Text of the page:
• Special Education-will refer families to Parent Training and Information Centers (new!)
  • Healthcare and TRICARE (military) programs for individuals with disabilities
    • -including local medical care and services—with the support of a dedicated TRICARE specialist
  • Federal and state benefits for individuals with disabilities
  • Connecting to military and other child care, support groups, in-home care, and deployment support options
  • Special needs trusts and estate planning
  • Referrals to legal help for disability issues

Military families can connect with EFMP-ROC through Military OneSource or by calling 1-800-342-9647.  Appointments can be made 24 hours a day, 7 days a week. Consultants have extended (evening) hours for appointments.

Here are the designations for EFMP functions by branch of service:

Branch of service Name of Program Services Provided
 AIR FORCE     EFMP-Medical EFMP-Assignments EFMP-Family Supports EFMP-M includes medical information management and enrollment activities. EFMP-A includes comprehensive medical, educational, community support, assignment coordination, and housing accommodation activities. EFMP-FS includes community support through Airman and Family Readiness Centers, including financial and educational referrals, parent training, support groups, and relocation assistance.
ARMY EFMP-M EFMP Family Support Human Resources Command Compassionate Actions Branch EFMP-M The primary functions of EFMP-M include: enrolling identified families, conducting overseas screenings, and assignment coordination. EFMP Family Support includes case management services, support groups, educational classes, special education resources, respite care, and information and referral to local agencies. Compassionate Actions Branch – facilitates reassignments in the event that resources at a particular installation can’t support the needs of the family member enrolled in EFMP.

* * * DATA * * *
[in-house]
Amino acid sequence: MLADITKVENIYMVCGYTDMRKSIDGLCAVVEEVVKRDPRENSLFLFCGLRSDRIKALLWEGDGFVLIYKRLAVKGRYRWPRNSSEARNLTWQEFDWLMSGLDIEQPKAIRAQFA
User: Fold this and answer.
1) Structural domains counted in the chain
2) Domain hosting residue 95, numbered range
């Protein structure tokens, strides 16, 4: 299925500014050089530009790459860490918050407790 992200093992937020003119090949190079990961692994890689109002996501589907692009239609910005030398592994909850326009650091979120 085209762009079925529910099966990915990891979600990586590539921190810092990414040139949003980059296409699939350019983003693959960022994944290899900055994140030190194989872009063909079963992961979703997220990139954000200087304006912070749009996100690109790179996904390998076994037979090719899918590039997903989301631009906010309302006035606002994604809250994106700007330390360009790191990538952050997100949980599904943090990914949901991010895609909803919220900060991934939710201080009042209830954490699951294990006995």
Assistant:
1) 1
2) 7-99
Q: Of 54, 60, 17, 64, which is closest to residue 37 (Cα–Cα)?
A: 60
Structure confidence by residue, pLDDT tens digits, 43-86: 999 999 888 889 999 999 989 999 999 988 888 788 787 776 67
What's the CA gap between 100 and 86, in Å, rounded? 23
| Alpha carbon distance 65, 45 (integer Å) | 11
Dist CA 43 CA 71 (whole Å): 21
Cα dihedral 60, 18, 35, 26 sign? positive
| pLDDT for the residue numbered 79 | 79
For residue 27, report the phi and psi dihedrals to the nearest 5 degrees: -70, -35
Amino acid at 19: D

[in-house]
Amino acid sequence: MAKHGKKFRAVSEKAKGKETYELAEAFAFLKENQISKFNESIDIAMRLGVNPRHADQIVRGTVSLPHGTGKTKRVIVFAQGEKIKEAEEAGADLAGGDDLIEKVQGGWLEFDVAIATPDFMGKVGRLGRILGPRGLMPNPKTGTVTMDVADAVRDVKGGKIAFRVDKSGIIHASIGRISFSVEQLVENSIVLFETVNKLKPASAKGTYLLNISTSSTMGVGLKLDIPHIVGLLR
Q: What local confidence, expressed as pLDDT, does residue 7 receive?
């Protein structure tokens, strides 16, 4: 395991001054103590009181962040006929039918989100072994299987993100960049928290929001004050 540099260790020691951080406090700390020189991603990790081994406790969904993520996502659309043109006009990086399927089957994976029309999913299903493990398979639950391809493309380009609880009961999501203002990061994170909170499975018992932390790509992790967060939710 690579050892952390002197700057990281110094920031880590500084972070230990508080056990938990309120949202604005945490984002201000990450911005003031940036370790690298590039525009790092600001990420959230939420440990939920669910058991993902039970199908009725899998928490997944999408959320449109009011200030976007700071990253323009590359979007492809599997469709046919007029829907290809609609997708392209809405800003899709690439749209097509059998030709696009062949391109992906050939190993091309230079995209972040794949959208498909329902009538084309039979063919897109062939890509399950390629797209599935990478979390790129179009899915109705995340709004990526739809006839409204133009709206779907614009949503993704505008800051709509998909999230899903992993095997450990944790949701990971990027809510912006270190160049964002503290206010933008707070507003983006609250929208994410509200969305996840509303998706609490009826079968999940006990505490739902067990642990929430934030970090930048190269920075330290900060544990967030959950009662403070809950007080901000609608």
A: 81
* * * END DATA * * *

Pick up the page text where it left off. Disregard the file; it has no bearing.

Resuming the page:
NAVY EFMP EFMP liaisons are the point of contact throughout the fleet for the enrollment process, individualized service plans, and overall case management.
MARINE CORPS Family Case Managers Family Case Managers are the point of contact for TRICARE, local school district special education offices, DoD systems, family advocates, and housing assistance related to accommodations.
COAST GUARD Special Needs Program Special Needs Program Coordinators are housed in the Office of Work-Life Programs.  This program is comparable to EFMP but not identical.
NATIONAL GUARD EFMP EFMP liaisons are the point of contact for the enrollment process, individualized service plans, and overall case management.

Region A Military Installations and Contacts

  1.  To use the entire map, click on the open square; in the open map you can click on a colored icon for contact information, or use the side list. You can also drag the map along on this page by placing the cursor on the map and moving the cursor when it becomes a hand.
  2. For the list of installations and contacts, click on the list icon at the top left.
  3. When the list opens, select the installation or contact you want; information opens in a new box.
  4. The map and list use Google Maps for you to get directions.

The map icons represent  military locations and the yellow stars are Parent Centers. The key above the maps shows how the icons are color coded by branch. Air Force is dark blue, Army is green, Marine Corps is red, Coast Guard is light blue and the Navy is battleship gray.

Map Key-dark blue is Air Force, green is Army, light blue is Coast Guard, Red is Marine Corps, gray is Navy
Map Icon Key

Download map information as a Word docx.:

Connecticut      Delaware      District of Columbia     Maine     Maryland     Massachusetts     New Hampshire

New Jersey     New York     Pennsylvania     Puerto Rico      Rhode Island     US Virgin Islands      Vermont